Chefs Share Easy Ways to Cut Food Waste in Your Kitchen

Top chefs offer their favorite tips for using everything in the kitchen.
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mason jar of picked vegetables

All Dried Up

“If you have fruit or vegetables that are about to go bad and you can’t use them right away, try dehydrating them in the oven,” says Marco Canora, chef-owner of Hearth in New York City. Thinly slice your produce, arrange it on parchment paper-lined baking sheets, and bake at 200° until the produce is dry. Add the dried fruit or vegetables to your favorite granola. 

Related Recipe: Try these breakfast muffins made with carrots, tomatoes, and dried pineapple

Soup's On

Don’t toss those cheese rinds! “Hard-cheese rinds, like pecorino, are a great addition to sauces and make an awesome broth,” says Jamie Bissonnette, chef-partner of Coppa in Boston; Little Donkey in Cambridge, MA; and Toro in Boston, NYC, and Bangkok, Thailand. Pack rinds in resealable plastic freezer bags in the freezer until you’re ready to use them.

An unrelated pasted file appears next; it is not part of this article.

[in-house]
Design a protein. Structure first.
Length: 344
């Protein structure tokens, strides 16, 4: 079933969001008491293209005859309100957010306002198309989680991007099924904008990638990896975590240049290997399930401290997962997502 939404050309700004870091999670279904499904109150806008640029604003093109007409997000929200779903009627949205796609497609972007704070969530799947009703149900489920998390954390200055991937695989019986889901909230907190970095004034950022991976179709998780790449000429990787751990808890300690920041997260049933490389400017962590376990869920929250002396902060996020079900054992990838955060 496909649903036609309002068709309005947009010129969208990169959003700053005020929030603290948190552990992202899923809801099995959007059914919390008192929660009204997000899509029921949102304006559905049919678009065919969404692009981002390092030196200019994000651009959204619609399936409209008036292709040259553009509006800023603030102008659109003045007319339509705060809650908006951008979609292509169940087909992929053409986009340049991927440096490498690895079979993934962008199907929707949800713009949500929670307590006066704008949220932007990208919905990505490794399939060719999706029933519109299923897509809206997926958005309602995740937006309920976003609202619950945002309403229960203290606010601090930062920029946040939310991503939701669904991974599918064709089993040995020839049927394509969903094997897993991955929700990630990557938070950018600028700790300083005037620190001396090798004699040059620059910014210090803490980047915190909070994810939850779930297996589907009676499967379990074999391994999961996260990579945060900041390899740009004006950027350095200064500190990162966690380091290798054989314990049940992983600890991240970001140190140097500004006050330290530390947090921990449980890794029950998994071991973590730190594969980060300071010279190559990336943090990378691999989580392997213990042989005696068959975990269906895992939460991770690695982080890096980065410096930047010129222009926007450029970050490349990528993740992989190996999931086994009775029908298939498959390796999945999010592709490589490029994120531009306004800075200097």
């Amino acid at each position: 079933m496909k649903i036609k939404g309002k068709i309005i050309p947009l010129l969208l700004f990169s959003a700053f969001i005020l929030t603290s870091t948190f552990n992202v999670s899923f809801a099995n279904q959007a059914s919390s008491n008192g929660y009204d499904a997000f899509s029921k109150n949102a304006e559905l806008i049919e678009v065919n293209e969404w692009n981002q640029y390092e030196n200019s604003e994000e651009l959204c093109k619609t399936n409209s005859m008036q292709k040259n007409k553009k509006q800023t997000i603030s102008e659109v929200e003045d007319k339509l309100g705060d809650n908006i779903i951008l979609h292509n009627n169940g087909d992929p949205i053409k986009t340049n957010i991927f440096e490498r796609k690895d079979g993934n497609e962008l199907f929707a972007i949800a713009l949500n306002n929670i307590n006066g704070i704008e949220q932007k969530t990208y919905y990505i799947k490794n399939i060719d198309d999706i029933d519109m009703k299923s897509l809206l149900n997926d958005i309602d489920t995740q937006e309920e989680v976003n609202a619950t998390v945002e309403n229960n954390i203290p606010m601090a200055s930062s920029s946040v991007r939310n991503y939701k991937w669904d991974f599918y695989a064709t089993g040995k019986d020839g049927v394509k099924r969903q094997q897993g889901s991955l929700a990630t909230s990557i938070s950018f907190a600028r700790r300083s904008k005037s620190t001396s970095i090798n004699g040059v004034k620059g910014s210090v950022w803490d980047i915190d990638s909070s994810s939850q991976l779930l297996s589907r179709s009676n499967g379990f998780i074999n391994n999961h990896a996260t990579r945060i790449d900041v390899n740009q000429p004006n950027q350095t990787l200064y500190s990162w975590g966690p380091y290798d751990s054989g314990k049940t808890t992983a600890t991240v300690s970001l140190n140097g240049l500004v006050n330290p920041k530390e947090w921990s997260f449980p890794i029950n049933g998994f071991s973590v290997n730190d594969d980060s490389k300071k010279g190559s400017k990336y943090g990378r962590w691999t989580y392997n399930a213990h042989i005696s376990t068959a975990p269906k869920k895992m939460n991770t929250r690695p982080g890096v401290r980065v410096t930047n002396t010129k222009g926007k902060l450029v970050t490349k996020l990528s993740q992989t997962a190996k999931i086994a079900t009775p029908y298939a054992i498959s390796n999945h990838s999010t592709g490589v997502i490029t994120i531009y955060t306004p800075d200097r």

Related Recipe: Save that Parmigiano-Reggiano rind to make our Chicken & Escarole Soup 

Butter Up

The same goes for shrimp shells! Sauté raw shells in butter until golden, grind them in a food processor, and blend with more butter. Then scrape the butter through a sieve to remove any solids. “The result is an incredible toasty butter that can be used for a variety of things like pasta, risotto, or polenta, as well as shrimp or lobster,” says Fabio Trabocchi, chef-owner of Del Mar, Fiola, Fiola Mare, Casa Luca, and Sfoglina in Washington, D.C.

Related Recipe: Try Angie Mar's Bone-In Rib Eye with Blackberries, Garlic & Prawn Butter

In a Pickle

“If you learn to quick-pickle, then you’ll never waste anything again,” says Amanda Cohen, chef-owner of Dirt Candy in NYC. “You can pickle almost any leftover vegetable.” Steam up to four cups of your chosen veggies. In a pot, boil a cup plus two tablespoons of white vinegar with one tablespoon of sugar and four teaspoons of salt over high heat until the sugar and salt dissolve. Pour the liquid over the veggies until they’re covered and let cool to room temp. “Use your pickles for pops of flavor in salads or soups,” says Cohen. “Pickled radish does amazing things to a martini.”

Related Recipe: Try our Pickled Red Onions with Fresh Herbs